Friday, May 23, 2008

Paying at the Pump

Hey, it's been a while, not having my laptop has been rough, but it will be back in two weeks (hopefully).

As most of you know, gas is ridiculously expensive, and a story in today's New York Times, with this wonderful prompt: “'The psychology has changed,” said Sara Johnson, an economist at Global Insight. “People have recognized that prices are not going down and are adapting to higher energy costs. It’s a capitulation.'”

It makes you wonder, I figured out a while ago that gas wasn't going to go down, so why is it only now that people are figuring it out? More than that, it makes us need a more viable mode of transportation, and air fare is out of the question, especially with the whole American Airlines fiasco (of course that had to be the weekend I was flying).

The article points out that America is still the cheapest with gas, and has been for a long time, with France paying about $7.70 per gallon. The difference: Europe has trains, and they go everywhere. If you've ever tried to book anything on Amtrak, trying to get from point A to point B on it is a pain in the ass, to say the least. So the question is: Will the price of gas cause America to reexamine Amtrak, or possibly create a new, better system? I, for one, am all for a train system.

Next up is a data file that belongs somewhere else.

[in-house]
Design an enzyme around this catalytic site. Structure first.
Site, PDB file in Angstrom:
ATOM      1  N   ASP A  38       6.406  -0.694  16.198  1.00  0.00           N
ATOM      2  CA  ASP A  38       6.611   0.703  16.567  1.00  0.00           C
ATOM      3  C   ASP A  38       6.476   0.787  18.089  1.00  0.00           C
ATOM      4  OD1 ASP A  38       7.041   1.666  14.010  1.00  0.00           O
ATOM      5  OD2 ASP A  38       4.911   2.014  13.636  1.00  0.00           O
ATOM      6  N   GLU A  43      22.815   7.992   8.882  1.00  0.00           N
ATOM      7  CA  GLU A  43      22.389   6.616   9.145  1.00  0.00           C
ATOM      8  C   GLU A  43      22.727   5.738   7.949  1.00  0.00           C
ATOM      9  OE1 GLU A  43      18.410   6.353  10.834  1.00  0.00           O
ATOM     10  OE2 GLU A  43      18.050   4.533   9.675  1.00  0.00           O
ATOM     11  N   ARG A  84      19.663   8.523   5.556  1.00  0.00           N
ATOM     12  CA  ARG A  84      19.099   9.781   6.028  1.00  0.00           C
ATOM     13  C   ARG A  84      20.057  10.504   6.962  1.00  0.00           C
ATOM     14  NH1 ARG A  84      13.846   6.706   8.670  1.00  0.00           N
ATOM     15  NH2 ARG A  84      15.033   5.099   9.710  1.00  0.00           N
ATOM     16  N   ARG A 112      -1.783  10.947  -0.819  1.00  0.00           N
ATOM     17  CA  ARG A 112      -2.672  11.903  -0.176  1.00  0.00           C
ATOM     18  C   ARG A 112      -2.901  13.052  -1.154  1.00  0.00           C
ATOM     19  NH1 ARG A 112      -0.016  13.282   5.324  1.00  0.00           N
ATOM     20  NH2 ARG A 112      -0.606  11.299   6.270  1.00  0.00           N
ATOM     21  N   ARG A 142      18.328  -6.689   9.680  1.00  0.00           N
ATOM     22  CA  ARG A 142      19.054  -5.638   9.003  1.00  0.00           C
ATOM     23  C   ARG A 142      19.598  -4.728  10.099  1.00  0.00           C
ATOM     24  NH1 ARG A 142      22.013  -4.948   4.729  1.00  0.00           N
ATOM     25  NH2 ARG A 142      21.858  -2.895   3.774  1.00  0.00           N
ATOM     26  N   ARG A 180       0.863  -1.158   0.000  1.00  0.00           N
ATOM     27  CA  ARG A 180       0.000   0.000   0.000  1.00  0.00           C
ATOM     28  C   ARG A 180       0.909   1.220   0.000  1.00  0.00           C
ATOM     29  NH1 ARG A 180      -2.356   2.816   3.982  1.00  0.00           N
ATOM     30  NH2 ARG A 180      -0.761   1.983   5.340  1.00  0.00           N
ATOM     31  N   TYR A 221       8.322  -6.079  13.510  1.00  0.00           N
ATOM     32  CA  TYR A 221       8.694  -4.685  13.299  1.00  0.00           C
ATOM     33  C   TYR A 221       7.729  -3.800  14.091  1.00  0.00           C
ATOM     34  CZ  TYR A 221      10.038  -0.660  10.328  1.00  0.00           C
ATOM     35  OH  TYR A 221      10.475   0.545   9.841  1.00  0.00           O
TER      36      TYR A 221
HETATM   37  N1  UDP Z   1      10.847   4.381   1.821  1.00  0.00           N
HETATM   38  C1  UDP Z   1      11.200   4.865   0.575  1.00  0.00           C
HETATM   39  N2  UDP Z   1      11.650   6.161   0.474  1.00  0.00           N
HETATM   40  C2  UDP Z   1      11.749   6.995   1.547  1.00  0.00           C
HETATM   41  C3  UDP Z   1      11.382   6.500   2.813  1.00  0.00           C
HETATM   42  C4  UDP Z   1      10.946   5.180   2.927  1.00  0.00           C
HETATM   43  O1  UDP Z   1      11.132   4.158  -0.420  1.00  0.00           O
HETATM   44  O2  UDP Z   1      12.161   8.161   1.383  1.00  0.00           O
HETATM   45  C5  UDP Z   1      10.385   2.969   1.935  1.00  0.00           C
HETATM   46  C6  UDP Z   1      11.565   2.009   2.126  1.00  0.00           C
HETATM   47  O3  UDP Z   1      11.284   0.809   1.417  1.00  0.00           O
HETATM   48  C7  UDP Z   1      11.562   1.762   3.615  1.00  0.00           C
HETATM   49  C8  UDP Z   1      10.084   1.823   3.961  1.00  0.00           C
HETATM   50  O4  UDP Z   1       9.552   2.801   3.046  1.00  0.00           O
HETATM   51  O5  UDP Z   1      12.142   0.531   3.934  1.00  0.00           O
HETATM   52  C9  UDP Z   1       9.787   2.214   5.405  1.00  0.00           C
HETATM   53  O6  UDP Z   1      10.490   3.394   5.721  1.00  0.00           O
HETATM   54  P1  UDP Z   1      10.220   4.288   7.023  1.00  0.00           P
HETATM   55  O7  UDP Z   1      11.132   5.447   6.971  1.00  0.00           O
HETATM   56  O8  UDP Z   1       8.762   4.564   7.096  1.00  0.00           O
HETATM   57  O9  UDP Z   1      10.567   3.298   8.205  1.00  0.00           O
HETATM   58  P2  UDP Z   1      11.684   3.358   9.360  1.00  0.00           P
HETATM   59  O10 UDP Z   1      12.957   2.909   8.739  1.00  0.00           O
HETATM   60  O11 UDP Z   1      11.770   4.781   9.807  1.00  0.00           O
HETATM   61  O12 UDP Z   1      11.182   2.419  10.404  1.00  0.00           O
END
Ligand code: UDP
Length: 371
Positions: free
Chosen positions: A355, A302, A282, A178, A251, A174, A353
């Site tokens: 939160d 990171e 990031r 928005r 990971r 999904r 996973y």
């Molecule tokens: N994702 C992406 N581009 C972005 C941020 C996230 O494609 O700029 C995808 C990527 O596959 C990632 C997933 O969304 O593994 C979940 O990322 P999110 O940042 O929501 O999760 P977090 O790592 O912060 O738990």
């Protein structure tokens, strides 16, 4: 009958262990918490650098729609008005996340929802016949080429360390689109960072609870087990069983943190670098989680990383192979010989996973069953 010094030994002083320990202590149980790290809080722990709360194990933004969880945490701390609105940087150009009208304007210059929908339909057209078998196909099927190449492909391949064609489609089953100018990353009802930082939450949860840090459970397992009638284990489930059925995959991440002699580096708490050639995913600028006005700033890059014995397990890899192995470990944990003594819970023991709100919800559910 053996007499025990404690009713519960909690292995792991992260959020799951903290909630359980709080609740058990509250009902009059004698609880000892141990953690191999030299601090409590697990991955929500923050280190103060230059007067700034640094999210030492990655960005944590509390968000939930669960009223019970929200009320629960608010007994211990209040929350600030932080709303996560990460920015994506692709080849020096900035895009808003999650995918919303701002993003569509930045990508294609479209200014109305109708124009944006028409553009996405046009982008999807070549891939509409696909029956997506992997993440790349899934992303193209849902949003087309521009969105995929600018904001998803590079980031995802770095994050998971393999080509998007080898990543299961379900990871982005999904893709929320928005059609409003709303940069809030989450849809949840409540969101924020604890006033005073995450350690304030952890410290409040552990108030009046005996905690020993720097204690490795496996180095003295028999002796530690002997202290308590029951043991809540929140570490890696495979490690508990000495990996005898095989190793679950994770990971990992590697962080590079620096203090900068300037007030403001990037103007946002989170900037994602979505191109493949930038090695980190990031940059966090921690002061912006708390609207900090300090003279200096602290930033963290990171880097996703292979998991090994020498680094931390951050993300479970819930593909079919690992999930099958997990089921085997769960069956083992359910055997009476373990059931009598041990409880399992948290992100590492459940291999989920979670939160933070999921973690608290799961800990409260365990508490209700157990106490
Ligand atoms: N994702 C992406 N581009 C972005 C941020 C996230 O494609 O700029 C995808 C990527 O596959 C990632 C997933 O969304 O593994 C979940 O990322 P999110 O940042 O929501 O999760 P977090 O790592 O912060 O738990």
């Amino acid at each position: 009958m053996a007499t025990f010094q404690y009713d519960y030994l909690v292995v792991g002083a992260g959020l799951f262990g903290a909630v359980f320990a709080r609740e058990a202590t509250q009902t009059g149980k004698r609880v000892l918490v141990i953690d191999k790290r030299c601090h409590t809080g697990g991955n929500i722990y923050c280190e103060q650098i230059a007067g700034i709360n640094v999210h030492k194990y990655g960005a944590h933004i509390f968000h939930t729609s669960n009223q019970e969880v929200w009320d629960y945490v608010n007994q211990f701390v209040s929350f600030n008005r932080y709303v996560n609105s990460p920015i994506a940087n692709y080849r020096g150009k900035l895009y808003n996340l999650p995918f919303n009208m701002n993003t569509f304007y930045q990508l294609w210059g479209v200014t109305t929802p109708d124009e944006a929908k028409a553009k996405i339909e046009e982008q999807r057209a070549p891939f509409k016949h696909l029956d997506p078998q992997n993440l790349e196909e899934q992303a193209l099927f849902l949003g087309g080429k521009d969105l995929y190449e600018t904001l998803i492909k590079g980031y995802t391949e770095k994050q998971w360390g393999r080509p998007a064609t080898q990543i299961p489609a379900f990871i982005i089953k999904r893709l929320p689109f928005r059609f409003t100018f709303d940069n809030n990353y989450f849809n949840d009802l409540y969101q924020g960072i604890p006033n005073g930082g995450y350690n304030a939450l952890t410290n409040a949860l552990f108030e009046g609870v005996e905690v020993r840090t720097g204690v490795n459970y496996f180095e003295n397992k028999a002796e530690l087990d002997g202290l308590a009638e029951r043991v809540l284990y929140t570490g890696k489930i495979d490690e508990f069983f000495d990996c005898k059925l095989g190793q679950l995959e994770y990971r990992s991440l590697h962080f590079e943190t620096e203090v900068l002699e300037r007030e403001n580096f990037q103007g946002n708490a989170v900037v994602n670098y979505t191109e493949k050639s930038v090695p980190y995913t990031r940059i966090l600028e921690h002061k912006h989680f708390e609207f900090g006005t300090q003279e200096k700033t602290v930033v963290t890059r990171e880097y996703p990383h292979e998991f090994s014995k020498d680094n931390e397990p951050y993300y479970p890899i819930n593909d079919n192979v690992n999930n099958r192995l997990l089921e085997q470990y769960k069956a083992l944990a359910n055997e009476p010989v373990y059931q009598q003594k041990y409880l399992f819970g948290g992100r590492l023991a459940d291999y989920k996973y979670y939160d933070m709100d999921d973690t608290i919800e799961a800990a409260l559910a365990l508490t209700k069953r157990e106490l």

Also, will the spike in gas prices also create a friendlier place for cycles and pedestrians? I feel very awkward whenever I ride my bike in the roads and try to stay on the side streets. One of my favorite pictures (which of course I can't find) is a poster from the City of Berlin that shows how much needless space is taken up by personal cars. Perhaps this will also slow down suburban sprawl that has taken over the country; perhaps we will see less of the same hideous tract housing sprouting up outside of urban areas.

The gas crunch is a pain, but maybe some good will come out of this spike in prices, and America will look for solutions on public transportation, housing, and the environment. I want to end on one of my favorite lines from the song 'Self Evident' by Ani DiFranco:

here's to our last drink of fossil fuels
may we vow to get off of this sauce
shoo away the swarms of commuter planes
and find that train ticket we lost
cuz once upon a time the line followed the river
and peeked into all the backyards
and the laundry was waving
the graffiti was teasing us
from brick walls and bridges
we were rolling over ridges
through valleys
under stars
i dream of touring like duke ellington
in my own railroad car
i dream of waiting on the tall blonde wooden benches
in a grand station aglow with grace
and then standing out on the platform
and feeling the air on my face

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